- Author: Lauren Fordyce
What do Earth Day and Integrated Pest Management (IPM) have in common? They both seek to protect the beautiful planet we all share! IPM is an environmentally friendly way to manage pests, focusing on nonchemical control methods (cultural, physical, and biological) rather than relying solely on pesticides. The main goal is to reduce pests but to achieve that without harm to people, water, soil ecosystems, beneficial insects, and wildlife.
This Earth Day, see how you can use IPM to protect the environment. Here are some ideas:
Flowering plants, especially those native to California, are not only beautiful but incredibly important for pest control! Natural enemies, also called beneficial insects or good bugs, feed on pollen and nectar from flowering plants. In addition, flowering plants provide them with a place to lay eggs and hide from predators. Natural enemies, which include lady beetles (ladybugs), lacewings, soldier beetles, assassin bugs, spiders, parasitic wasps, and even some mites, feed on pests in the garden and landscape. They can naturally control pest problems, reducing the need for pesticides.
You can protect and encourage natural enemies by avoiding the use of broad-spectrum pesticides that kill them, managing ants, and planting an array of flowering plants. Choose plants well adapted to your area and choose species or cultivars that bloom at different times of the year to provide natural enemies with food year-round.
Giving your plants enough water is essential for their survival, but ensuring they have enough and not too much can be very important for IPM too. When plants are water-stressed, they are often more susceptible to pests. When plants are overwatered, they can also be prone to more pests. It is a delicate balance but ensuring your plants get the water they require (which will vary by species or plant type) is a great way to minimize pests problems and promote healthy plants that can better tolerate pest feeding. Consider planting drought-tolerant plants that are less likely to experience water stress.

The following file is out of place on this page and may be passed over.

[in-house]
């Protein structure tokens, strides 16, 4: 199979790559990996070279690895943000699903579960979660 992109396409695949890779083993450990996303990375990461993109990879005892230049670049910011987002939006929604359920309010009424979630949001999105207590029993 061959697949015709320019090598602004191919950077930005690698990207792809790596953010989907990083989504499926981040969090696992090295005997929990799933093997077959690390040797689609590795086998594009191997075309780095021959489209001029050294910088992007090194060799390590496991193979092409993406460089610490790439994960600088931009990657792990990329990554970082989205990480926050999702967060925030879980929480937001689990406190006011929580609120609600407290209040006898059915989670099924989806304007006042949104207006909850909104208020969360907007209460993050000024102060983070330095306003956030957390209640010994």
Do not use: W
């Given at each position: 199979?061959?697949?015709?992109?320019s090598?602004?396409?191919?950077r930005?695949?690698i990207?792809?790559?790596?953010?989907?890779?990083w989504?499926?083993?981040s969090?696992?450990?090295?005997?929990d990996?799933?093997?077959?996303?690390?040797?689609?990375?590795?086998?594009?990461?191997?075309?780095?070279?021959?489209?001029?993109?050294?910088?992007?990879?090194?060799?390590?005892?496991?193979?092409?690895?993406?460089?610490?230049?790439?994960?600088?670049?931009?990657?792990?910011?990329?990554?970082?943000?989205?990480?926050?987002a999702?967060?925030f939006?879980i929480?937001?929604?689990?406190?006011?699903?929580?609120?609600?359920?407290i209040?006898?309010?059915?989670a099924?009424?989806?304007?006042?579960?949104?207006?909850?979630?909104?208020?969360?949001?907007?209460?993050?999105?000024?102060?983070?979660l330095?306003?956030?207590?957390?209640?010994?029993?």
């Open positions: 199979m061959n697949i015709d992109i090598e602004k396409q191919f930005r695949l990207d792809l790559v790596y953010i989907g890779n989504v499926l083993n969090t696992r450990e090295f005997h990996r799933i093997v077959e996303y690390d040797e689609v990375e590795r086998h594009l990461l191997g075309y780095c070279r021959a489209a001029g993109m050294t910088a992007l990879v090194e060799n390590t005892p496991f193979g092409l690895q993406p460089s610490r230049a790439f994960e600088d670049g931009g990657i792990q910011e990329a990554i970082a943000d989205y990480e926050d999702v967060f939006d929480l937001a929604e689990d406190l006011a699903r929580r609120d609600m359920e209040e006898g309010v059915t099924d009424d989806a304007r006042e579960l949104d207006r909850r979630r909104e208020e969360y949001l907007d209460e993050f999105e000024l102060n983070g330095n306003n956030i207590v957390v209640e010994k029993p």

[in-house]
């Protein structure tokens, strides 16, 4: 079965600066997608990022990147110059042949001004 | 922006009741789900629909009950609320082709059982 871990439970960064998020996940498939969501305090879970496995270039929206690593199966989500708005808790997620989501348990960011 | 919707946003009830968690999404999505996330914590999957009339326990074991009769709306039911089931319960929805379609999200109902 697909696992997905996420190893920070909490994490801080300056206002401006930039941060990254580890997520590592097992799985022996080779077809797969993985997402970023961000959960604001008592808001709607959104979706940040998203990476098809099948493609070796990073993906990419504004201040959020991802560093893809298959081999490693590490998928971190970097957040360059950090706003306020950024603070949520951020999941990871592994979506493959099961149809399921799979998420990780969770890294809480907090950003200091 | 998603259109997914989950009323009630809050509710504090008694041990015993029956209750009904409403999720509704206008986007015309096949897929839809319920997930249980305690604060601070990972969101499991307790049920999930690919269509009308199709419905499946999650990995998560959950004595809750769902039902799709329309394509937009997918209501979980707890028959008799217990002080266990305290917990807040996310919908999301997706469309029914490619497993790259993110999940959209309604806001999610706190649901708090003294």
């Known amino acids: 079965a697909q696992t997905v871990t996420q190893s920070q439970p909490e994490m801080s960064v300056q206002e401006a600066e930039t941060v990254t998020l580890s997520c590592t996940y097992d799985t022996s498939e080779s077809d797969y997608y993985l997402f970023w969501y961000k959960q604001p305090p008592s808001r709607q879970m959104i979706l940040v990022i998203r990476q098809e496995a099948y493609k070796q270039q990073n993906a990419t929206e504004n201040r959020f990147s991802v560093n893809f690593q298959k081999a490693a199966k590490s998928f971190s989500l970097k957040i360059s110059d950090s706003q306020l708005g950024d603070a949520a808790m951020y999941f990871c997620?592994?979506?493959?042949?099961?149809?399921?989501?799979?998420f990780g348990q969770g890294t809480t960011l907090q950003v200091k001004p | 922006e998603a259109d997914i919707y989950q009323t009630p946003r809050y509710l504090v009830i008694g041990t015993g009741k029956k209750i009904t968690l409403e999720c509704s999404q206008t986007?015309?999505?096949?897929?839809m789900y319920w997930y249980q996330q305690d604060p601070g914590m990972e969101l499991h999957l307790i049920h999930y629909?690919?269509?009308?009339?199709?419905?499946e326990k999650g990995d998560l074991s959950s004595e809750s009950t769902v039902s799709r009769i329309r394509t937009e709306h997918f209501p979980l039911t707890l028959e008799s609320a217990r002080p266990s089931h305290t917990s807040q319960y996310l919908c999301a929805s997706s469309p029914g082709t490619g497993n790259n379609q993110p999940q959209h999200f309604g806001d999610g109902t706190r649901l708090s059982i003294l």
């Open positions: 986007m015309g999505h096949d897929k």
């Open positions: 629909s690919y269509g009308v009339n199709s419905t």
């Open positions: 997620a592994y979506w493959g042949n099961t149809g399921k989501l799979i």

Certain pesticides can harm people, nontarget organisms, aquatic wildlife, and natural enemies when used improperly. It is important to understand when pesticides might be needed, and how to apply them in ways that minimize risks to people and the environment. Use less toxic pesticides whenever possible. Always read the product label for information on when and how to apply, which plants or pests you can apply for, and how much to use. Wear personal protective equipment (PPE) and take caution not to allow the pesticide to runoff or drift. Also, dispose of unused pesticide at a household hazardous waste disposal site. Enter your zip code here to find a location near you.
Use nonchemical tools
There are many, many ways to prevent and control pests without the use of pesticides. In IPM, we use a variety of tools to achieve this. Tools might include mulch, soil solarization, or garden hoes instead of herbicides for weed control; protective coverings, netting, screens, or weather-stripping to keep pests off plants and out of the home; or traps to control vertebrate pests like rats without the use of rodenticides. See any of the UC IPM Pest Notes to read what tools and nonchemical control methods work to manage indoor or outdoor pests.
Happy Earth Day!